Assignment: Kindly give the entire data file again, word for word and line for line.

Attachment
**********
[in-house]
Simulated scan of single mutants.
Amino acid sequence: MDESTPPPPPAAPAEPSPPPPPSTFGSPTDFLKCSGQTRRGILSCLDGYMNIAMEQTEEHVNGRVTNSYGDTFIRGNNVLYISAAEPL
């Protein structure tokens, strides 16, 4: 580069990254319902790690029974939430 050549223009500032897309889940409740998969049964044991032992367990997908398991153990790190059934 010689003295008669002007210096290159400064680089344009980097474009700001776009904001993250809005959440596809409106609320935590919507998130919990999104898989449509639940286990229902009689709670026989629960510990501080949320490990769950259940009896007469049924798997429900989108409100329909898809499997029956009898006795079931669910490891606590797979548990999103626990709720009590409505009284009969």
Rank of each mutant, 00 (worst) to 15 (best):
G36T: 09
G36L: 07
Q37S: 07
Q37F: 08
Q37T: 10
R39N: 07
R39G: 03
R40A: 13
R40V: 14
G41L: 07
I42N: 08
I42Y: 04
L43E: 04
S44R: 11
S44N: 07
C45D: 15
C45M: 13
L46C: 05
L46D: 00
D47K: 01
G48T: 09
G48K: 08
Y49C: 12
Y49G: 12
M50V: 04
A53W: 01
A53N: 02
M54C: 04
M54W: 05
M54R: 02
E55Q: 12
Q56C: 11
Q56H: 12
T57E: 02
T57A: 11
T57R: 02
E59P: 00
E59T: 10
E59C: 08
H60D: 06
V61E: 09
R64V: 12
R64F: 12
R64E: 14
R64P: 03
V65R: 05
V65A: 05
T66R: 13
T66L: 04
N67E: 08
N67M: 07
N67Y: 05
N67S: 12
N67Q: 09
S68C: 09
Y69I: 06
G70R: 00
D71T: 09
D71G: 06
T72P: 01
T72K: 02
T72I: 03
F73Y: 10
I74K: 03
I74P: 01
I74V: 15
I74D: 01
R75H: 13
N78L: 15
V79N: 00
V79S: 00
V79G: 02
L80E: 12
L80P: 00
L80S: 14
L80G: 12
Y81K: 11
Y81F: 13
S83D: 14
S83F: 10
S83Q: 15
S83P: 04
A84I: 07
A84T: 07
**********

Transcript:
[in-house]
Simulated scan of single mutants.
Amino acid sequence: MDESTPPPPPAAPAEPSPPPPPSTFGSPTDFLKCSGQTRRGILSCLDGYMNIAMEQTEEHVNGRVTNSYGDTFIRGNNVLYISAAEPL
């Protein structure tokens, strides 16, 4: 580069990254319902790690029974939430 050549223009500032897309889940409740998969049964044991032992367990997908398991153990790190059934 010689003295008669002007210096290159400064680089344009980097474009700001776009904001993250809005959440596809409106609320935590919507998130919990999104898989449509639940286990229902009689709670026989629960510990501080949320490990769950259940009896007469049924798997429900989108409100329909898809499997029956009898006795079931669910490891606590797979548990999103626990709720009590409505009284009969």
Rank of each mutant, 00 (worst) to 15 (best):
G36T: 09
G36L: 07
Q37S: 07
Q37F: 08
Q37T: 10
R39N: 07
R39G: 03
R40A: 13
R40V: 14
G41L: 07
I42N: 08
I42Y: 04
L43E: 04
S44R: 11
S44N: 07
C45D: 15
C45M: 13
L46C: 05
L46D: 00
D47K: 01
G48T: 09
G48K: 08
Y49C: 12
Y49G: 12
M50V: 04
A53W: 01
A53N: 02
M54C: 04
M54W: 05
M54R: 02
E55Q: 12
Q56C: 11
Q56H: 12
T57E: 02
T57A: 11
T57R: 02
E59P: 00
E59T: 10
E59C: 08
H60D: 06
V61E: 09
R64V: 12
R64F: 12
R64E: 14
R64P: 03
V65R: 05
V65A: 05
T66R: 13
T66L: 04
N67E: 08
N67M: 07
N67Y: 05
N67S: 12
N67Q: 09
S68C: 09
Y69I: 06
G70R: 00
D71T: 09
D71G: 06
T72P: 01
T72K: 02
T72I: 03
F73Y: 10
I74K: 03
I74P: 01
I74V: 15
I74D: 01
R75H: 13
N78L: 15
V79N: 00
V79S: 00
V79G: 02
L80E: 12
L80P: 00
L80S: 14
L80G: 12
Y81K: 11
Y81F: 13
S83D: 14
S83F: 10
S83Q: 15
S83P: 04
A84I: 07
A84T: 07